Summer means warmer weather, which means more time spent outdoors with your dog. And more time spent outdoors with your dog means more exposure to the elements!
Keep reading for some important do’s and don’ts of summer hygiene for dogs.
- If your dog’s coat calls for a summer cut, take him to the groomer for a professional trim to keep him cool in the hot summer sun. A shorter coat can also make it more difficult for ticks and other pests to latch onto your pup’s body.
- Shave your dog. You may think you’re doing Fido a favor, but this can actually do more harm than good. Your dog’s coat is already designed to act as built-in climate control, and cutting it any shorter than an inch or so could throw things out of whack. Plus, he needs that coat as natural protection against twigs, burrs, and sunburn.
By brushing your dog on a regular basis, you’re helping to remove excess hair, debris, and even pests. In fact, the more often you brush your dog, the less frequently he’ll need a bath.
- Gently work through any tangles or mats in the fur to keep your dog from developing hot spots.
- Brush your dog more often than you bathe him.
- Always use the appropriate tools for your dog’s coat.
- Use a brush designed for a dog with a different coat type.
- Wait until after bathing to brush. This could result in tangled fur, which will make brushing a lot less enjoyable for both you and your dog.
You certainly don’t need to go to a professional groomer anytime Fido is looking and smelling dirty, but it’s still important to follow proper protocol when it comes to giving your dog a bath.
- Give your dog regular baths, with most breeds needing baths approximately once per month. (Of course, that can change if your pup is extra dirty or has recently been exposed to fleas or ticks.)
- Brush before bathing.
- Use comfortable, lukewarm water.
- Work from the neck down, using a damp cloth and cup or handheld sprayer when near the face.
- Rinse multiple times to get all the shampoo out, as shampoo residue can irritate the skin.
- Dry your dog off thoroughly (ears included).
- Check out our Bath Time Tips for Pet Parents.
- Bathe your dog more than necessary. Excess baths can dry out the skin and coat, or even lead to hot spots when the weather is warm.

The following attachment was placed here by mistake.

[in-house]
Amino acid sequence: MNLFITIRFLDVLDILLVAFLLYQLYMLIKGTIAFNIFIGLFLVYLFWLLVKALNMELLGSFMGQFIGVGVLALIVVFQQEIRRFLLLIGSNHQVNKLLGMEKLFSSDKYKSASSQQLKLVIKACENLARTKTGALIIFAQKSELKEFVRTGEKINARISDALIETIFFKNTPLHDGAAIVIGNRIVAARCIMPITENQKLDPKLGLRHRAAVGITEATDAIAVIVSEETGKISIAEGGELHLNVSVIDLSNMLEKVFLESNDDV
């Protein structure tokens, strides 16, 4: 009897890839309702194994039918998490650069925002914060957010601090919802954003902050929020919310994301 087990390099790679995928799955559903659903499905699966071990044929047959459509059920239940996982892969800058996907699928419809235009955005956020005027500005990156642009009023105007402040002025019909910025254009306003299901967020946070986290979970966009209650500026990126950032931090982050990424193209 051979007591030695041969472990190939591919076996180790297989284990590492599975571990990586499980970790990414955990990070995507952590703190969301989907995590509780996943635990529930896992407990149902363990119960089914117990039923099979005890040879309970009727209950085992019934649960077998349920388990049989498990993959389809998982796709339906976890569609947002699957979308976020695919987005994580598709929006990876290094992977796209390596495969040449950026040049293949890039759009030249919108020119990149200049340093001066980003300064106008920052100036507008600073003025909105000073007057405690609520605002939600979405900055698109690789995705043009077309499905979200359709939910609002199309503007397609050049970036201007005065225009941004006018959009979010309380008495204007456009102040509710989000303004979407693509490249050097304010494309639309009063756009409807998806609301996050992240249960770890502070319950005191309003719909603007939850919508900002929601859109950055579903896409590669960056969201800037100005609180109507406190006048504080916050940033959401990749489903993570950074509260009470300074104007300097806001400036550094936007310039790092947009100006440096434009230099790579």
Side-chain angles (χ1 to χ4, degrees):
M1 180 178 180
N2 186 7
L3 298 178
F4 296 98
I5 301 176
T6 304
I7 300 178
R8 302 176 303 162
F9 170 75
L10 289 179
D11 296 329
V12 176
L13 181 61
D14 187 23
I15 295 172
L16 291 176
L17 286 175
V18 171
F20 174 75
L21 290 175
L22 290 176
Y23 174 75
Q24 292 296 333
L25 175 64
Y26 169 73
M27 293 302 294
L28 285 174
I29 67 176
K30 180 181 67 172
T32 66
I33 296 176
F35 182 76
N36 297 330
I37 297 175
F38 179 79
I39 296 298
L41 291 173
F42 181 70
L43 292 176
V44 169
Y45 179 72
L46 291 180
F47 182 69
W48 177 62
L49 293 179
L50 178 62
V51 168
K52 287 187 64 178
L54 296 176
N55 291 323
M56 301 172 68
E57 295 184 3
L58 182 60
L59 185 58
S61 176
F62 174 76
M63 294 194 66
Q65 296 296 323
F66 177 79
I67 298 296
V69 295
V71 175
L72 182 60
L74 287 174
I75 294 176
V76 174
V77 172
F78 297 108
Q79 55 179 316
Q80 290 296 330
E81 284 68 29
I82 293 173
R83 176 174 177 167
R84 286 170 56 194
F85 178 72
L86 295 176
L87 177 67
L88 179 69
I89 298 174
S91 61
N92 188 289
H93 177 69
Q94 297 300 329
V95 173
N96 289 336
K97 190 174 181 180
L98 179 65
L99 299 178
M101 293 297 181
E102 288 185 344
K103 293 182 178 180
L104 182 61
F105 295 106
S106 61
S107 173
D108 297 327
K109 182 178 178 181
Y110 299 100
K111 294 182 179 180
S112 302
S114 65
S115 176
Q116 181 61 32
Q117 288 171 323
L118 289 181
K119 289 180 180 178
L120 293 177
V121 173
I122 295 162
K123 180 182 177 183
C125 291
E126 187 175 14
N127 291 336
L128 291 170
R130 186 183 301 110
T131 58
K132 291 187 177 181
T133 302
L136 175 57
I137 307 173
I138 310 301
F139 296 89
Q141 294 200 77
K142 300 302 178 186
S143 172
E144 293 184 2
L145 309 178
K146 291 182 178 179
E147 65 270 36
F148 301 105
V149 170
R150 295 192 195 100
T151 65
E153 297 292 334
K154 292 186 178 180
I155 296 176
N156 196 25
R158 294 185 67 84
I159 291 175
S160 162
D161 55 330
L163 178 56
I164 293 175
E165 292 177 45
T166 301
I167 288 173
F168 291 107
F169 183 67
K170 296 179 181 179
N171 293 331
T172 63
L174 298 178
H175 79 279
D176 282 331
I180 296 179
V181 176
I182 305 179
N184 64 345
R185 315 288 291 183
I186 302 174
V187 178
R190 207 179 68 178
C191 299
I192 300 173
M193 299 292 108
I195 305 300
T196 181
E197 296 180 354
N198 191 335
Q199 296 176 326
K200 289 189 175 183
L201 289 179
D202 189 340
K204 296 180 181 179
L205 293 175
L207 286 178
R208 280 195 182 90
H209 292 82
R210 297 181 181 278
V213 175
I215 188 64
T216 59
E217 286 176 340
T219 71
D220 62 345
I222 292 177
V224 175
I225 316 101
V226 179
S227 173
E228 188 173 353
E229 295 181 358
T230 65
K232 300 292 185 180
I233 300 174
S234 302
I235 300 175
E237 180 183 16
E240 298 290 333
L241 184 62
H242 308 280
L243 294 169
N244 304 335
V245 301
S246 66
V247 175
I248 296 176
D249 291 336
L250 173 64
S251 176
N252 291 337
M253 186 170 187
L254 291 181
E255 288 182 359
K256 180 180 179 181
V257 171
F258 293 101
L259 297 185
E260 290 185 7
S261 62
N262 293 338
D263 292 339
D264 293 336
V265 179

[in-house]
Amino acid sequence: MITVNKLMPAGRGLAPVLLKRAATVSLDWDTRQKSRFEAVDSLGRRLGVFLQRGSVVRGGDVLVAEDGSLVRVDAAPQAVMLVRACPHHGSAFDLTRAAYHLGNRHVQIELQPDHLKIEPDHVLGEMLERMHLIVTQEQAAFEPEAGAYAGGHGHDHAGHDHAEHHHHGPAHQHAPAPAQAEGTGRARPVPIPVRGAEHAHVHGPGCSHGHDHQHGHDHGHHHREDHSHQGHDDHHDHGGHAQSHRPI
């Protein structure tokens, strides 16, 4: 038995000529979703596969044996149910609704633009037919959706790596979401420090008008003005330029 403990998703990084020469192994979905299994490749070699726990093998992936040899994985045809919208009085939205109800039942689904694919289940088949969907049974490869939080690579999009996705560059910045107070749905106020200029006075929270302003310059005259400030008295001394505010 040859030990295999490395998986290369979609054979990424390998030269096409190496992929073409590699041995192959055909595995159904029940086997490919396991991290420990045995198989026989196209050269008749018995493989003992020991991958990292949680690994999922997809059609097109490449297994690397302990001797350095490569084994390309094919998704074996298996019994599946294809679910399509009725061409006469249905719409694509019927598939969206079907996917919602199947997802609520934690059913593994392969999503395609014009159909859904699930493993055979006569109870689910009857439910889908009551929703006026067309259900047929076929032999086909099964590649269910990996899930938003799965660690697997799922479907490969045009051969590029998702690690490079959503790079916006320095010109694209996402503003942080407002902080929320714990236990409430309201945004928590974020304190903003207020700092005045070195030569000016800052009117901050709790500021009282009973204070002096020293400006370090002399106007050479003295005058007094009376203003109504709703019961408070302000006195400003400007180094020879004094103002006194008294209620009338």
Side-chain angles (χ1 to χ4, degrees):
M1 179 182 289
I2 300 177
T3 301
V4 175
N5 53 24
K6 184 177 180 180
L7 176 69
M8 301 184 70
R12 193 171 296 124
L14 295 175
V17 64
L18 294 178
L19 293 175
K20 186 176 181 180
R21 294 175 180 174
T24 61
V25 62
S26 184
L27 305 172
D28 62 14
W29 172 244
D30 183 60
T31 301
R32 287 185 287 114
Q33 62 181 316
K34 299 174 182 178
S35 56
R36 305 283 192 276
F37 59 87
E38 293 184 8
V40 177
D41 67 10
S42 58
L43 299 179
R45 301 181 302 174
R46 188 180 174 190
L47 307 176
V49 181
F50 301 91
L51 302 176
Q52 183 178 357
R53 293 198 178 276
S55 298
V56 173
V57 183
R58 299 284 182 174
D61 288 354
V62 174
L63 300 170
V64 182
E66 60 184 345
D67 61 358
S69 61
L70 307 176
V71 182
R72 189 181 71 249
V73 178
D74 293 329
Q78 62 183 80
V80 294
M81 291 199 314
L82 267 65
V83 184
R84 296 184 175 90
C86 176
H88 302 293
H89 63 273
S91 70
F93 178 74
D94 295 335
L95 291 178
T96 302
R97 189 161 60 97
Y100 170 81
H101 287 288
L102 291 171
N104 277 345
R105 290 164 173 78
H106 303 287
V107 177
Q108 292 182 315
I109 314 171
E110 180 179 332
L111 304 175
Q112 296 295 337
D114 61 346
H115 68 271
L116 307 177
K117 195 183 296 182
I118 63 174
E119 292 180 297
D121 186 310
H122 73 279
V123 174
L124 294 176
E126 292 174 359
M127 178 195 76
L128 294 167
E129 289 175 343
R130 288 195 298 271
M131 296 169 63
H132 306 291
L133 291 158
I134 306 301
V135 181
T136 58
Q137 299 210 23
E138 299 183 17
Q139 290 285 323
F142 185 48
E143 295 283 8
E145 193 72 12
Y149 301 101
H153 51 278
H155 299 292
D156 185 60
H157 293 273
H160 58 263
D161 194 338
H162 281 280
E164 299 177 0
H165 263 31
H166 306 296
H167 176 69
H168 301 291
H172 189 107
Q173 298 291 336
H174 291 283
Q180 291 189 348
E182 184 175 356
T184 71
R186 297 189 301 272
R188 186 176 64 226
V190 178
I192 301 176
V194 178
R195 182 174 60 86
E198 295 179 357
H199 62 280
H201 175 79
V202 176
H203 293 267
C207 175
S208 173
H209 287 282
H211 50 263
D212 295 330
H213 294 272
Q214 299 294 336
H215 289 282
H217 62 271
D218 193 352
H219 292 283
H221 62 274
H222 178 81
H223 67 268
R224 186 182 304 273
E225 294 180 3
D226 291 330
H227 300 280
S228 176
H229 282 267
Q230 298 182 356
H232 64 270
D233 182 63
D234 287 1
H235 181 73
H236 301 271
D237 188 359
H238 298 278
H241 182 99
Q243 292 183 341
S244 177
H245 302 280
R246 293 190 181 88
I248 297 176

- Use human shampoo on your dog.
- Use water from the outside hose, unless you’re sure it’s a comfortable temperature.
Paws & Claws
Did you know that when the air temperature is 86 degrees, asphalt temperatures can reach 135 degrees?
- Protect your pup’s paws from the hot pavement by walking in shade or in the grass, and scheduling your walks for mornings and evenings when the sun isn’t at its peak. You can even have your dog wear booties for his paws, or paw wax or vaseline as a protective layer.
- Trim excess hair between your dog’s toes, as this could easily pick up debris such as burrs or pebbles and be pretty uncomfortable.
- Keep the nails trimmed.
- Check feet and paw pads regularly for any injuries.
- Force your dog to wear dog booties if he’s not comfortable with them.
- Try to trim your dog’s nails if you are uncomfortable with the situation. Leave it to the professional groomers instead.
- Have your dog walk on hot pavement if it’s too hot for you to stand barefoot.
Along with baths and brushing, summer may call for an extra attentive skin care routine—especially if sunburn, seasonal allergies, and pests are in the mix.
- Conduct regular home health checks to look for any skin abnormalities on your dog.
- Use sun protection on your dog when you’re planning to spend extended periods of time in the sun.
- Stay up-to-date on your dog’s flea and tick defense.
- Maintain a healthy diet and low-stress lifestyle, as poor nutrition and stress can negatively impact your dog’s skin health.
- Try to handle injuries on your own. Whenever possible, go to the vet instead.
- Use human skincare products on dogs. Any sunscreen, shampoos, bug sprays, and more should all be designed specifically for dogs.
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Chlorhexidine Shampoo—great for cleansing and reducing odor, especially for pets with wounds, rashes, hot spots, and excessive itchiness.
OTIC Ear Cleaner—a gentle way to keep your dog’s ears clean and dry after bathing and swimming by washing away pathogens, dirt, excessive wax, and bacteria.
- Oral Hygiene Dental Water—a vet-recommended tasteless, odorless solution made with natural ingredients to support your dog’s gums and dental health while keeping his breath smelling fresh!